Former television journalist Alan Hardwick was voted in as Lincolnshire’s first Police and Crime Commissioner last week.
The independent candidate narrowly saw off David Bowles in the second round to earn the post.
The Journal caught up with Mr Hardwick this week to discuss his plans for the future of policing in the county.
Q) What attracted you to the role of Police and Crime Commissioner?
A)Working for the Police Authority I had seen how policing in Lincolnshire was being penalised by the Government. We were not being treated fairly which piqued my interest. I began looking at the funding formula the Government used to work out how much money forces are given and when I managed to, shall we say, weave my way through the Government gobbledegook I was astounded and appalled at the way in which the wording actually mitigated against rural forces and areas. That’s what set me off thinking that if there’s anything I can do to try to redress that, I should try and do it. Since I live in Lincolnshire and love the county I felt it was my duty to stand for election where I would have influence.
Q)So, is securing increased funding for the county a priority of yours?
A)Absolutely. My main priority is to communicate with the people of Lincolnshire so that they will be able to tell me their own policing priorities. I know from meeting many thousands of people in Lincolnshire over the years that only by asking people at local level about their problems and their suggestions can you be prepared to target the resources you have.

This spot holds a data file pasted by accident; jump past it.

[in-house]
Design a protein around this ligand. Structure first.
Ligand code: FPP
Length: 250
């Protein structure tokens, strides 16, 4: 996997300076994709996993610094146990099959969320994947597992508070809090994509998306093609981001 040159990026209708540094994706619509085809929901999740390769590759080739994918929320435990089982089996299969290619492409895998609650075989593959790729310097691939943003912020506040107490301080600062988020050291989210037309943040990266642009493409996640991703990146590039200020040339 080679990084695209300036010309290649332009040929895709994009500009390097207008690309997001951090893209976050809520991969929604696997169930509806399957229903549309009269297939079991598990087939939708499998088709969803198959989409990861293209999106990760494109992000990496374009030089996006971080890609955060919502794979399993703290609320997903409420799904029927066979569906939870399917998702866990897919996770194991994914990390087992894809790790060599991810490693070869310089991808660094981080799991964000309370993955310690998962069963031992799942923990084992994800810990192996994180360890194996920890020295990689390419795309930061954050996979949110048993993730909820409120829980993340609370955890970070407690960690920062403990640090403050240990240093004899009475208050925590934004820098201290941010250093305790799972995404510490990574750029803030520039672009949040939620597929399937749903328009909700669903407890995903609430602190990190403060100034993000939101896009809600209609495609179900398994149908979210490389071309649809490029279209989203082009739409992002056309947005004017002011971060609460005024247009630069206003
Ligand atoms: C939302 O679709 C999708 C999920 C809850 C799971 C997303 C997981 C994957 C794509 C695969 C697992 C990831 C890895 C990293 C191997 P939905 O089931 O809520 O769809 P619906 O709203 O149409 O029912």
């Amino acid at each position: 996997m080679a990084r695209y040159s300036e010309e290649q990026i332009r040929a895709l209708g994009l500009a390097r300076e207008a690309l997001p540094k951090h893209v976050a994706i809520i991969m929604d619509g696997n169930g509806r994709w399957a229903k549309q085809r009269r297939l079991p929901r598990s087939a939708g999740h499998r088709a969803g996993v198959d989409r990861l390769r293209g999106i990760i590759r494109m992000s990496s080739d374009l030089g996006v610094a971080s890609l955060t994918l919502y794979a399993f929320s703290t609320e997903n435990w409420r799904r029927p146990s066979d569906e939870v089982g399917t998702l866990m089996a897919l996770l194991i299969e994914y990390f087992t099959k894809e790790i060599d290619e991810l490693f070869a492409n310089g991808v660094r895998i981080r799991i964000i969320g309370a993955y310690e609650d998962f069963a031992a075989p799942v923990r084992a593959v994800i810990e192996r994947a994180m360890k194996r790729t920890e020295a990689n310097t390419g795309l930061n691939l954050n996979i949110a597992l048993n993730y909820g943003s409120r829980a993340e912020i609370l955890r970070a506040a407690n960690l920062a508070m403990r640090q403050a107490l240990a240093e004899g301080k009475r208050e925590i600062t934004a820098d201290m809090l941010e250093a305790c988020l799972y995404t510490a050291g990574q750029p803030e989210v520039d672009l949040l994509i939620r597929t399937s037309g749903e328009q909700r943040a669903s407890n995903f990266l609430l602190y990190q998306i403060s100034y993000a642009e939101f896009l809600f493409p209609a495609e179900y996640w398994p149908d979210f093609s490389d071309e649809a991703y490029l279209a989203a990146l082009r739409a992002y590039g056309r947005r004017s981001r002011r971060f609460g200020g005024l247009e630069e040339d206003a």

Hand-in-hand with that, I intend to pursue the Government in any way that I can to redress what I believe is an injustice to this entire county. I will start by trying to have returned the Special Rural Grant that was worth £1.8 million a year to Lincolnshire. The money was supposed to help with the problems of rural policing. The money has gone but the problem remains and that is grossly unfair.
Q)Do you think running as an independent helped in this election?
A)I’m delighted that the people of Lincolnshire saw through the Government’s plan of politicising policing and elected me, an independent. Policing and politics do not mix. I said that throughout my campaign.
Q)Given the low turnout for the election, do you think all Police and Crime Commissioners across the country begin their new roles with something to prove?
A)I think all commissioners have something to prove. It’s new and we have to prove that commissioners and the very idea of commissioners will work. As far as the turnout is concerned, it was inevitable the way the Government has rigged this election that there would be a low turnout. No-one is happy with a low turnout but nonetheless I have a mandate to do the job and I will represent the entire population of Lincolnshire.
Are you pleased with Mr Hardwick’s priorities or do you have some of your own? E-mail us at: email@example.com